Community Tips For Public Speaking

Mark Winteringham
Bruce Bruce

By the Testing Community

Recently on Twitter, Bruce (The Legend) @BruceOnlyBruce shared this question to get advice from the testing community on public speaking at conferences:

The result was some fantastic advice around a range of topics when it comes to creating, practising and delivering a talk. So let’s take a look at some of the excellent ideas that were suggested:

Preparing a talk

One of the hardest parts of putting a talk together can be putting it all together. We might know the main goals of our talk, but how should we structure it? How should we arrange our slides? Fortunately, @mattwynne had some great advice for getting started:

@Simon_tomes shared a great way to frame a talk and kick start it with a bang:

@A11y_Ady also shared this point about ensuring your slides don’t get too cluttered:

He also raised a point that a @heather_reiduff and @the_qa_guy also recommend about promoting yourself through your slides, making your talk more accessible and how to deal with those nervous sweats 😬

Practising a talk

Practising a talk before delivering it not only helps to familiarise ourselves with what we want to talk about. It can also help our confidence when we deliver it, or as @HannesLindblom shares:

So how do we go about practising our talks? @CAkehurstRyan and @Simon_tomes share two alternative approaches we can take:

@Simon_tomes also shared another benefit of practising around working out the best way to deliver our talks:

Getting ready to speak

So the talk is ready and rehearsed, the time is come to speak and the nerves are starting to kick in. Here are some great tips to handle the nerves, from @EskoLuontola:

@FionaCCharles shares a very practical, and important, piece of advice before getting ready:

And finally, @Simon_tomes suggests an idea that embraces the energy and nerves…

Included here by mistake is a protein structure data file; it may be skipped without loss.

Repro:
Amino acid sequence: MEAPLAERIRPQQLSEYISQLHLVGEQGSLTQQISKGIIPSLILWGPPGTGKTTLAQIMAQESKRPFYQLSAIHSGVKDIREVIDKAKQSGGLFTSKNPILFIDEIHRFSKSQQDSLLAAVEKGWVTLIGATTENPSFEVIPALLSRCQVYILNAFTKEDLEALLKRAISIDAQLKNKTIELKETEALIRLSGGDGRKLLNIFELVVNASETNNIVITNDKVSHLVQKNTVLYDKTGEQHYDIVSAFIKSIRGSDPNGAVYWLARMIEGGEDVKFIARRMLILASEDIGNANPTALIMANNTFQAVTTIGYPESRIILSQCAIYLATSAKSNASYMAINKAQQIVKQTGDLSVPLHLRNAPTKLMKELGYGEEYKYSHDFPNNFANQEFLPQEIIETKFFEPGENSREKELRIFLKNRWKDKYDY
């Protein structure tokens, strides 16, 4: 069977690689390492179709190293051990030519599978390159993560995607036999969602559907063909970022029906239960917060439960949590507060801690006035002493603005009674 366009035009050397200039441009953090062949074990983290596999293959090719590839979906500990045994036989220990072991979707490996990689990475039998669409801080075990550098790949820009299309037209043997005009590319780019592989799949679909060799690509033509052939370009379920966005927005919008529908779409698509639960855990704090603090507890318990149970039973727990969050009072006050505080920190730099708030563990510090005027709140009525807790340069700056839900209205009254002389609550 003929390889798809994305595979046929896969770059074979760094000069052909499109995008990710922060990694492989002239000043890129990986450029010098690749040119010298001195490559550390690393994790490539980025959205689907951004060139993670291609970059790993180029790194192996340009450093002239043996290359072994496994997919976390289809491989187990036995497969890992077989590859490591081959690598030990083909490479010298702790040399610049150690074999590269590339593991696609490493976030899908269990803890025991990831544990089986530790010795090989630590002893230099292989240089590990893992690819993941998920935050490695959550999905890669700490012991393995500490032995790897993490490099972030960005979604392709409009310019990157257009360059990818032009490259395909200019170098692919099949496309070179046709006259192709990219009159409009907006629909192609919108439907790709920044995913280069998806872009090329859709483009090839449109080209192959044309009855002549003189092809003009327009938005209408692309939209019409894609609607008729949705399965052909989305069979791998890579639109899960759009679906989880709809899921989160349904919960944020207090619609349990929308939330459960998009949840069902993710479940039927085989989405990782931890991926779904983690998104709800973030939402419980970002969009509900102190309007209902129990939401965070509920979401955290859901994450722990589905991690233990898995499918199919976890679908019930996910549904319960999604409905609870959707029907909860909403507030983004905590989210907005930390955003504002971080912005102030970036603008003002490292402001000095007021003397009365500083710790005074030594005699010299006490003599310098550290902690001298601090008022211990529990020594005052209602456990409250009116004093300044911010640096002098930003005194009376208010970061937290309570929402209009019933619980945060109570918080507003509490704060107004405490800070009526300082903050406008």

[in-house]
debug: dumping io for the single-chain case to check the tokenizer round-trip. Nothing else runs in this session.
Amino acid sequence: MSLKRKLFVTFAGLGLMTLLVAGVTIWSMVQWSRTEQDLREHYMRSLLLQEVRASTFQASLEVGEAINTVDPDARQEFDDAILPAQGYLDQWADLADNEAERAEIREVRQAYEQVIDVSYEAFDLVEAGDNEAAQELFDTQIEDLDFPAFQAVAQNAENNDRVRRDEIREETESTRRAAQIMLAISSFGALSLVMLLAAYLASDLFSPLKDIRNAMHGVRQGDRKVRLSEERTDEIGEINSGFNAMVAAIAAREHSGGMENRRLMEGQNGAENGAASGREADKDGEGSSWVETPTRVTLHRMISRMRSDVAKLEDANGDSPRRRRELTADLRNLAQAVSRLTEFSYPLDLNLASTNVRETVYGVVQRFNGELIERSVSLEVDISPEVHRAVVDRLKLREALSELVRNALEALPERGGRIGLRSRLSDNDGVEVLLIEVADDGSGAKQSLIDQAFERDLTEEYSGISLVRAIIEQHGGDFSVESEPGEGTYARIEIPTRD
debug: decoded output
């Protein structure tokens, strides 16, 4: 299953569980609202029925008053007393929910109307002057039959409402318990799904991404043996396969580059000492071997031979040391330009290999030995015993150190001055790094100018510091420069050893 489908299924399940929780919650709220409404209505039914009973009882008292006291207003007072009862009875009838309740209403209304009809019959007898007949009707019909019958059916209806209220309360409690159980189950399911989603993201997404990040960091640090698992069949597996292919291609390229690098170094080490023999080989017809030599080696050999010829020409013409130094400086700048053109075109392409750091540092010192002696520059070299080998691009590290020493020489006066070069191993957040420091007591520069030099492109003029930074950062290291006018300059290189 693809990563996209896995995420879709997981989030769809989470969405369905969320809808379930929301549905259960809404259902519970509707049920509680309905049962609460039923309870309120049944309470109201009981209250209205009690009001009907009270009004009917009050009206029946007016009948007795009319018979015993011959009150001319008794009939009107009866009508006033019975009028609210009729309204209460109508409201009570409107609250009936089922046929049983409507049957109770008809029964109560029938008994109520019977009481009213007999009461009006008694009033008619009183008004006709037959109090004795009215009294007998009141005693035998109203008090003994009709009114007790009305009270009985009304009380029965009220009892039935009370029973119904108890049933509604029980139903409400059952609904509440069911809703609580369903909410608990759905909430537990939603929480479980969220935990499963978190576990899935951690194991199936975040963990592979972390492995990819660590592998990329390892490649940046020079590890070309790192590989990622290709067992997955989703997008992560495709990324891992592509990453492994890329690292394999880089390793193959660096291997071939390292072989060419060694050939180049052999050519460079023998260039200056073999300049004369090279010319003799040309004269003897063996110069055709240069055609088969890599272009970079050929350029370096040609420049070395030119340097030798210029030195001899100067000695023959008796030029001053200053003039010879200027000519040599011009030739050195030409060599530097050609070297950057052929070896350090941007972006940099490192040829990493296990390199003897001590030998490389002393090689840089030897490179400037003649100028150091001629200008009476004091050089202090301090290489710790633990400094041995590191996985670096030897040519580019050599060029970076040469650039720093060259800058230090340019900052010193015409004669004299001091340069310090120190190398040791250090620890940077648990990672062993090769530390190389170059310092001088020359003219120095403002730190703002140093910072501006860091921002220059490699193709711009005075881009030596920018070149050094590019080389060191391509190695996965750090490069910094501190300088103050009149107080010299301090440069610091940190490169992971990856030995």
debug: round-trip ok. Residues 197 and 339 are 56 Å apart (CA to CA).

Delivering the talk

Talking in front of a group of people, regardless of size, can be overwhelming. So it’s important to remember that it’s ok to make mistakes and that the audience is there to support you and learn. Which is exactly @m3tomlins and @FriendlyTester suggest:

There are also some practical tips to keep in mind that @Gem_Hill and @Tazee_k share:

What to do after speaking

Finally, @villabone has a great piece of advice to keep in mind wants the talk is over to let the dust settle and to take some time for yourself.

Resources

All of the tips and tricks shared are incredibly useful when speaking, but there were also a lot of additional resources shared which can be found below:

About the authors

This article is a co-curation effort based on ideas shared by:

@BruceOnlyBruce

@mattwynne

@simon_tomes

@A11y_Ady

@heather_reiduff

@the_qa_guy

@HannesLindblom

@CAkehurstRyan

@TheTestDoctor

@EskoLuontola

@FionaCCharles

@m3tomlins

@FriendlyTester

@Gem_Hill

@Tazee_k

@villabone

This article was curated by Mark Winteringham.

Mark Winteringham

OpsBoss

Mark Winteringham is a tester, toolsmith and the Ministry of Testing OpsBoss with over 10 years experience providing testing expertise on award-winning projects across a wide range of technology sectors including BBC, Barclays, UK Government and Thomson Reuters. He is an advocate for modern risk-based testing practices and trains teams in Automation in Testing, Behaviour Driven Development and Exploratory testing techniques. He is also the co-founder of Ministry of Testing Essentials a community raising awareness of careers in testing and improving testing education. You can find him on Twitter @2bittester or at mwtestconsultancy.co.uk / automationintesting.com

Bruce Bruce